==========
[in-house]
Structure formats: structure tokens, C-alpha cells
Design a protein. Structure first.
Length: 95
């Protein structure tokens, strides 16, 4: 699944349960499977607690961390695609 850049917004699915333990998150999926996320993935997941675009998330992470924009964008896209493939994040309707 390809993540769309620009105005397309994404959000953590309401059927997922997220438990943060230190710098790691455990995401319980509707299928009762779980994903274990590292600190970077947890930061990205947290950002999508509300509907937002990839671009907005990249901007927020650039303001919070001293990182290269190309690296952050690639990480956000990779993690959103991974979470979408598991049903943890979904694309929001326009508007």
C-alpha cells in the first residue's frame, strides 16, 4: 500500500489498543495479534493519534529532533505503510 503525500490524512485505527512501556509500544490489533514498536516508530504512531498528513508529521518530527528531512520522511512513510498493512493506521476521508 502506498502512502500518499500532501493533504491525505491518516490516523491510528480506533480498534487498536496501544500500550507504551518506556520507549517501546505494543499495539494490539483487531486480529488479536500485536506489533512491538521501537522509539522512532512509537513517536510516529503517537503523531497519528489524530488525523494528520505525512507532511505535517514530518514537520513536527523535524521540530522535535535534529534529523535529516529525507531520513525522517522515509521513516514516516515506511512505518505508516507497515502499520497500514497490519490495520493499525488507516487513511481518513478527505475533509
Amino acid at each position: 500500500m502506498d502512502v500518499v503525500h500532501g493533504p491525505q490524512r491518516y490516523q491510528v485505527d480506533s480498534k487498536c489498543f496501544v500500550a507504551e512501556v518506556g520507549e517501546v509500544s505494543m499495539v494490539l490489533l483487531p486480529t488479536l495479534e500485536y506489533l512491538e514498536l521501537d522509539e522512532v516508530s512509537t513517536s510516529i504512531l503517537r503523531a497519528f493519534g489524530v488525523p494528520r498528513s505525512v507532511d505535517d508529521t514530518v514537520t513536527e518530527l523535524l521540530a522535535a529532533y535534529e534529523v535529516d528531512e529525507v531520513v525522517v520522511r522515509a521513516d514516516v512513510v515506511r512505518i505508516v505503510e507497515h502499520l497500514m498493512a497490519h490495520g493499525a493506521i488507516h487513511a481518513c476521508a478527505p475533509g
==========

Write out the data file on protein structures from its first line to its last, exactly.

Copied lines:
[in-house]
Structure formats: structure tokens, C-alpha cells
Design a protein. Structure first.
Length: 95
């Protein structure tokens, strides 16, 4: 699944349960499977607690961390695609 850049917004699915333990998150999926996320993935997941675009998330992470924009964008896209493939994040309707 390809993540769309620009105005397309994404959000953590309401059927997922997220438990943060230190710098790691455990995401319980509707299928009762779980994903274990590292600190970077947890930061990205947290950002999508509300509907937002990839671009907005990249901007927020650039303001919070001293990182290269190309690296952050690639990480956000990779993690959103991974979470979408598991049903943890979904694309929001326009508007």
C-alpha cells in the first residue's frame, strides 16, 4: 500500500489498543495479534493519534529532533505503510 503525500490524512485505527512501556509500544490489533514498536516508530504512531498528513508529521518530527528531512520522511512513510498493512493506521476521508 502506498502512502500518499500532501493533504491525505491518516490516523491510528480506533480498534487498536496501544500500550507504551518506556520507549517501546505494543499495539494490539483487531486480529488479536500485536506489533512491538521501537522509539522512532512509537513517536510516529503517537503523531497519528489524530488525523494528520505525512507532511505535517514530518514537520513536527523535524521540530522535535535534529534529523535529516529525507531520513525522517522515509521513516514516516515506511512505518505508516507497515502499520497500514497490519490495520493499525488507516487513511481518513478527505475533509
Amino acid at each position: 500500500m502506498d502512502v500518499v503525500h500532501g493533504p491525505q490524512r491518516y490516523q491510528v485505527d480506533s480498534k487498536c489498543f496501544v500500550a507504551e512501556v518506556g520507549e517501546v509500544s505494543m499495539v494490539l490489533l483487531p486480529t488479536l495479534e500485536y506489533l512491538e514498536l521501537d522509539e522512532v516508530s512509537t513517536s510516529i504512531l503517537r503523531a497519528f493519534g489524530v488525523p494528520r498528513s505525512v507532511d505535517d508529521t514530518v514537520t513536527e518530527l523535524l521540530a522535535a529532533y535534529e534529523v535529516d528531512e529525507v531520513v525522517v520522511r522515509a521513516d514516516v512513510v515506511r512505518i505508516v505503510e507497515h502499520l497500514m498493512a497490519h490495520g493499525a493506521i488507516h487513511a481518513c476521508a478527505p475533509g